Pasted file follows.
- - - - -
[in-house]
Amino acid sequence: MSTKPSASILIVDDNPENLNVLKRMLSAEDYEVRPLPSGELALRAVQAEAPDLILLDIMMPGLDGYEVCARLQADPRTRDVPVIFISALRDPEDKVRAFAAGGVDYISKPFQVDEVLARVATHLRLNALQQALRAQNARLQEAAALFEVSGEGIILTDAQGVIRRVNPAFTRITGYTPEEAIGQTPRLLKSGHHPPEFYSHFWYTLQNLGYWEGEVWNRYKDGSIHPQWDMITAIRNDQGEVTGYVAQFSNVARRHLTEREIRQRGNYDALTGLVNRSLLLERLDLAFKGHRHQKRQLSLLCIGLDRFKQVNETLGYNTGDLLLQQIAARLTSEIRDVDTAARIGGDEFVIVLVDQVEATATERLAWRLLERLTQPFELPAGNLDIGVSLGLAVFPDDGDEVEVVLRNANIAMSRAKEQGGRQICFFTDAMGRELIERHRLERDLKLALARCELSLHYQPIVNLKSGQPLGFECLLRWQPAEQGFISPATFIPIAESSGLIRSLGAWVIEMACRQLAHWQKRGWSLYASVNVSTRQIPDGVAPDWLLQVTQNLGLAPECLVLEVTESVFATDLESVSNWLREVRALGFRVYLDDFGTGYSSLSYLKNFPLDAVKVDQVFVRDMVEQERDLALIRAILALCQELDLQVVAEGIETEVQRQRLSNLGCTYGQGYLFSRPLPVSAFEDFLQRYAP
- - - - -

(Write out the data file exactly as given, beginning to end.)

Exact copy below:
[in-house]
Amino acid sequence: MSTKPSASILIVDDNPENLNVLKRMLSAEDYEVRPLPSGELALRAVQAEAPDLILLDIMMPGLDGYEVCARLQADPRTRDVPVIFISALRDPEDKVRAFAAGGVDYISKPFQVDEVLARVATHLRLNALQQALRAQNARLQEAAALFEVSGEGIILTDAQGVIRRVNPAFTRITGYTPEEAIGQTPRLLKSGHHPPEFYSHFWYTLQNLGYWEGEVWNRYKDGSIHPQWDMITAIRNDQGEVTGYVAQFSNVARRHLTEREIRQRGNYDALTGLVNRSLLLERLDLAFKGHRHQKRQLSLLCIGLDRFKQVNETLGYNTGDLLLQQIAARLTSEIRDVDTAARIGGDEFVIVLVDQVEATATERLAWRLLERLTQPFELPAGNLDIGVSLGLAVFPDDGDEVEVVLRNANIAMSRAKEQGGRQICFFTDAMGRELIERHRLERDLKLALARCELSLHYQPIVNLKSGQPLGFECLLRWQPAEQGFISPATFIPIAESSGLIRSLGAWVIEMACRQLAHWQKRGWSLYASVNVSTRQIPDGVAPDWLLQVTQNLGLAPECLVLEVTESVFATDLESVSNWLREVRALGFRVYLDDFGTGYSSLSYLKNFPLDAVKVDQVFVRDMVEQERDLALIRAILALCQELDLQVVAEGIETEVQRQRLSNLGCTYGQGYLFSRPLPVSAFEDFLQRYAP